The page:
I wanted to pass along this advisory from Davis Wright Tremaine which argues for legislative action to, in essence, raise the bar that plaintiffs have to hurdle to prosecute an ERISA excessive fee class action. What I like most about it is the authors do not simply complain and ask for legislative intervention, but instead detail a specific legislated presumption of prudence that could be enacted for this purpose. There is a lot I could and would like to say on this matter, but for today I want to limit myself to one point, although I may come back and discuss this topic more in future posts.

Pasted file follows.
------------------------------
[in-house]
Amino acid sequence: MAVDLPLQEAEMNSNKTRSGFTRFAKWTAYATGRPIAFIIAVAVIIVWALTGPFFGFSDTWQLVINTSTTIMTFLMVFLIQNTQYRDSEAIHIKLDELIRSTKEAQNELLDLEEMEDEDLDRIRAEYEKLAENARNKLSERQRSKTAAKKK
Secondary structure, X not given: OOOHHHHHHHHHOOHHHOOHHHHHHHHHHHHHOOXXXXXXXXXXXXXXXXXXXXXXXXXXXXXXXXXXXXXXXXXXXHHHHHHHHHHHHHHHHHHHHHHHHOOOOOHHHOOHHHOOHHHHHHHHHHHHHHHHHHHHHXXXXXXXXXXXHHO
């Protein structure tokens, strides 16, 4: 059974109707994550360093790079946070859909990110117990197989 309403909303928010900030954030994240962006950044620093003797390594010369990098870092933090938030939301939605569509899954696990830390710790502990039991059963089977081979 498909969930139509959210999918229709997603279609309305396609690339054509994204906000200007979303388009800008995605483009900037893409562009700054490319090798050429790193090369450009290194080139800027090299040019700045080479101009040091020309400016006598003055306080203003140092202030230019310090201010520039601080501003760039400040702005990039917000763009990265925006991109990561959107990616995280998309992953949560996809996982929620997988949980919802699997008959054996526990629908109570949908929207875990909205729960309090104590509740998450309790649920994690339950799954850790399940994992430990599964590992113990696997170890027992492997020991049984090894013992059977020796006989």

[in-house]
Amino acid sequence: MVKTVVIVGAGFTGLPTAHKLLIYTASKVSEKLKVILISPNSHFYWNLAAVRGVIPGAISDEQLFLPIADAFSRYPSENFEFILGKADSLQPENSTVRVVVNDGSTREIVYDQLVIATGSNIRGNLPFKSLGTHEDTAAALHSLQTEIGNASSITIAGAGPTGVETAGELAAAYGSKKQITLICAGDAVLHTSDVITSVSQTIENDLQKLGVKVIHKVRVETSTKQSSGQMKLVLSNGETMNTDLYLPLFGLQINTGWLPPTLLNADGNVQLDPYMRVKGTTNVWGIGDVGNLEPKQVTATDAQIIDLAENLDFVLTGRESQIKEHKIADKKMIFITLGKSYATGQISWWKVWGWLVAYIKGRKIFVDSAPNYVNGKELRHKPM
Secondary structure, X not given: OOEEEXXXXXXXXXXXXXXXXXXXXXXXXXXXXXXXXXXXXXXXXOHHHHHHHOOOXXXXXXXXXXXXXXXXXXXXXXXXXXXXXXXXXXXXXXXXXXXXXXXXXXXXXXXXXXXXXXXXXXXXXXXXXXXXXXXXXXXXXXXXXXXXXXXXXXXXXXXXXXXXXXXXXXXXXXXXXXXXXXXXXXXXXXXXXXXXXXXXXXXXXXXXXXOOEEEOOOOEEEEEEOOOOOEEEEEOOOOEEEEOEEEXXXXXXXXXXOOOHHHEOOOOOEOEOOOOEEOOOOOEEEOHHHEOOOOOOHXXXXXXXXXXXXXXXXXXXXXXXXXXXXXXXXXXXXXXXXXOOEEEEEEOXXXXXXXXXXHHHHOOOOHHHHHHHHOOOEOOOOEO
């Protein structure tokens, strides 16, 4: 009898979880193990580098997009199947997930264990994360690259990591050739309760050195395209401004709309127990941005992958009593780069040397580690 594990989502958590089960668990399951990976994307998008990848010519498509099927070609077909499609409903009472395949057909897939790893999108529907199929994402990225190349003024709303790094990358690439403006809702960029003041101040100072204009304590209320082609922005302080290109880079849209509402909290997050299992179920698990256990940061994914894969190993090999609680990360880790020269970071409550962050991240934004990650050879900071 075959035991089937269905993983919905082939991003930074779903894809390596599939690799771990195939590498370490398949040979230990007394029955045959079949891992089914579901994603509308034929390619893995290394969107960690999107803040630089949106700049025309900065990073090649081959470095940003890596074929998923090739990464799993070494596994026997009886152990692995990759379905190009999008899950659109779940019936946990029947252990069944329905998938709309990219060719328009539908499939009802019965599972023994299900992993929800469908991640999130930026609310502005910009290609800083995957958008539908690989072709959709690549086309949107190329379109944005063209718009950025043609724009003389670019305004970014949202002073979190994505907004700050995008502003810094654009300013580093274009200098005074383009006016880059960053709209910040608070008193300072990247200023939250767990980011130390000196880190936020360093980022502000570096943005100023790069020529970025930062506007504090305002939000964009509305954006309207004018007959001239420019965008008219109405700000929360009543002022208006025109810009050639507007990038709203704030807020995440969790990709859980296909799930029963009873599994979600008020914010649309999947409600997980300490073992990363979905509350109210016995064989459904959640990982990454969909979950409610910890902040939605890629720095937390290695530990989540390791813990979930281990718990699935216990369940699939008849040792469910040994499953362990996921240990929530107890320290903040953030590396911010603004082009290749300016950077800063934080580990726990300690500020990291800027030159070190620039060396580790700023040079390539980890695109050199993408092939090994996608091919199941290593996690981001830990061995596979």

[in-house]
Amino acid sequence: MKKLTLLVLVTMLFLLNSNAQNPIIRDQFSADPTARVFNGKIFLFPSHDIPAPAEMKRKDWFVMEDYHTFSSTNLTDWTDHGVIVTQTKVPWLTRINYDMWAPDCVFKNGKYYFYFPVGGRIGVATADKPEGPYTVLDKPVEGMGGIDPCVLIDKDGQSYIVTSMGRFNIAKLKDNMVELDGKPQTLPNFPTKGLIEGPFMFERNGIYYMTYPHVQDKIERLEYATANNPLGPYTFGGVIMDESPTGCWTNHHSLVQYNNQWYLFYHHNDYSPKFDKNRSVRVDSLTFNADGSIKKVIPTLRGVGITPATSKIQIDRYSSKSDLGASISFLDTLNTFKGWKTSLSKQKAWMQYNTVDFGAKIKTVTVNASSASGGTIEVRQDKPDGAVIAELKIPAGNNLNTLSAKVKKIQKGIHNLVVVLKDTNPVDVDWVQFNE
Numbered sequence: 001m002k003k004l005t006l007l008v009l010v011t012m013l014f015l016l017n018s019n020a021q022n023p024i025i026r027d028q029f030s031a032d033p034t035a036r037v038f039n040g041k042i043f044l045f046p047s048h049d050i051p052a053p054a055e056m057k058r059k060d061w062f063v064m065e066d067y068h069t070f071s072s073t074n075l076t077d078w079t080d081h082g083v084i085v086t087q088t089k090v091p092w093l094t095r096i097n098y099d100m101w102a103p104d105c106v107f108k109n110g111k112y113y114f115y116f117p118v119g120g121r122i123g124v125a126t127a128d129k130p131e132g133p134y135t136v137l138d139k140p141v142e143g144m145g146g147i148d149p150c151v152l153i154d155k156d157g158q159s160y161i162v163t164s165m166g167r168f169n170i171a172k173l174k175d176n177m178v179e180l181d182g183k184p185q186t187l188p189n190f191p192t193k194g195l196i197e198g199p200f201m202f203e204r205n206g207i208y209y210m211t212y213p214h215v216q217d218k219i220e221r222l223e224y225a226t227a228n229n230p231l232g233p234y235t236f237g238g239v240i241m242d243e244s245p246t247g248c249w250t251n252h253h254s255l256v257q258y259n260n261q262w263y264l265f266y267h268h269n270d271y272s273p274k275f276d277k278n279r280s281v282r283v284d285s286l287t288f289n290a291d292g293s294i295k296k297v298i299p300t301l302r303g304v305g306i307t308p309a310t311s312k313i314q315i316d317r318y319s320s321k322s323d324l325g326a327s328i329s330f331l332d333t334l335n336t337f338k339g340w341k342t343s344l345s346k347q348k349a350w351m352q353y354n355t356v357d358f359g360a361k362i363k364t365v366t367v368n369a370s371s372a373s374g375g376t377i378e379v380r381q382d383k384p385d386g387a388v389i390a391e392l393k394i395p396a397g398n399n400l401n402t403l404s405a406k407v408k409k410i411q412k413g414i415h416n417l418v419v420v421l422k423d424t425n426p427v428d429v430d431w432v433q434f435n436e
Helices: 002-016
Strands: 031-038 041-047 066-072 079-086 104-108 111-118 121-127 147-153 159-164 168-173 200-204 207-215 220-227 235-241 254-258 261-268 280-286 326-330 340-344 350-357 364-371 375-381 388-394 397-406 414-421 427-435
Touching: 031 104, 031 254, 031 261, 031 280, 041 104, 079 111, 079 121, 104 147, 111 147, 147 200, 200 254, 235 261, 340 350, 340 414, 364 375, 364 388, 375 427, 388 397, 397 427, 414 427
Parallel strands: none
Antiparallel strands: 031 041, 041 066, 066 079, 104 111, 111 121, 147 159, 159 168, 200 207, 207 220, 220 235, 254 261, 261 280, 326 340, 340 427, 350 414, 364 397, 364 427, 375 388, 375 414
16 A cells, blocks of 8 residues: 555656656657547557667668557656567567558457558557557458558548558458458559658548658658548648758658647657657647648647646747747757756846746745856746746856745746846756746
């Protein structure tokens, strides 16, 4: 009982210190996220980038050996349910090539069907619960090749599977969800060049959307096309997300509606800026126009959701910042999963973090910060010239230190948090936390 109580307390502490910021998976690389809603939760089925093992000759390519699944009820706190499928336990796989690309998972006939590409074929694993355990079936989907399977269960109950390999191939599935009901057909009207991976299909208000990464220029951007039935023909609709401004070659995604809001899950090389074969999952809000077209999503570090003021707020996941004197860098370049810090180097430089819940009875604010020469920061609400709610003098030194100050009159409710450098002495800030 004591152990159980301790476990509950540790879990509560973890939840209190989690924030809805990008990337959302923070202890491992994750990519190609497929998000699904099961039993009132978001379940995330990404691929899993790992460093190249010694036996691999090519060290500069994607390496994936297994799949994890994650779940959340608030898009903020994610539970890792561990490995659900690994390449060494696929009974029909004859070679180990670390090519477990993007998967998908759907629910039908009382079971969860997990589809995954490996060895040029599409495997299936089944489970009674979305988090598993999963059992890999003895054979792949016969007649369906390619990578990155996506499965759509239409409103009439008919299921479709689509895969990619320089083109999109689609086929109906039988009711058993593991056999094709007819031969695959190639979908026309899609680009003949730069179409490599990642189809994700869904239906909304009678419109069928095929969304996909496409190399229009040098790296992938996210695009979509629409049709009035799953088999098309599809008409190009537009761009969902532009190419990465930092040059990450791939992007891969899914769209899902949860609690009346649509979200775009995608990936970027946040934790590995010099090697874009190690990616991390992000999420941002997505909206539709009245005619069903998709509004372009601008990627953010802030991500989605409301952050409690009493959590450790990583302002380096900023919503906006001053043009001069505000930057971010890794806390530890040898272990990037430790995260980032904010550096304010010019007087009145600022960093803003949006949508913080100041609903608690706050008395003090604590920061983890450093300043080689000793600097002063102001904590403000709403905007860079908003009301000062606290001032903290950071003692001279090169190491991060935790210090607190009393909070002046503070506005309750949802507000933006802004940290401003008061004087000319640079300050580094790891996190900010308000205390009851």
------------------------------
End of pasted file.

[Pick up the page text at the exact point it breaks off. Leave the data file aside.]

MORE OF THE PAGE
Davis Wright Tremaine’s advisory picks up on a common complaint at this point with regard to excessive fee cases against ERISA governed plans, particularly after the trustees of Boston College demonstrated, at summary judgment, an arguably prudent process in Sellers but nonetheless either will have to settle or try the action because questions of fact existed precluding summary judgment: that in cases where the plan sponsor demonstrably acted reasonably well but not necessarily perfectly, the cases risk being nothing more than a tax on insurers and plan sponsors. I talked about this here and here, and in particular, the Fid Guru Blog addressed this point from the perspective of insurers and plan sponsors here. The problem with this point of view, though, is that it leaves out the fact that there are cases with substantive merit – in my mind, not as many today as there used to be now that plan sponsors, vendors and their advisors have dramatically upped their games in response to the lessons from the earliest suits, settlements and rulings, but there certainly were and remain meritorious cases. To simply universally declare that such cases should not be allowed is to ignore this reality. Davis Wright Tremaine’s advisory strikes at the sweet spot for reducing such cases while still leaving room for the meritorious ones to proceed, by proposing a reasonable presumption or safe harbor that would – depending on how, once enacted, it is applied by the courts – make it harder to prosecute the types of cases that, in essence, serve as nothing more than taxes on plans and their sponsors.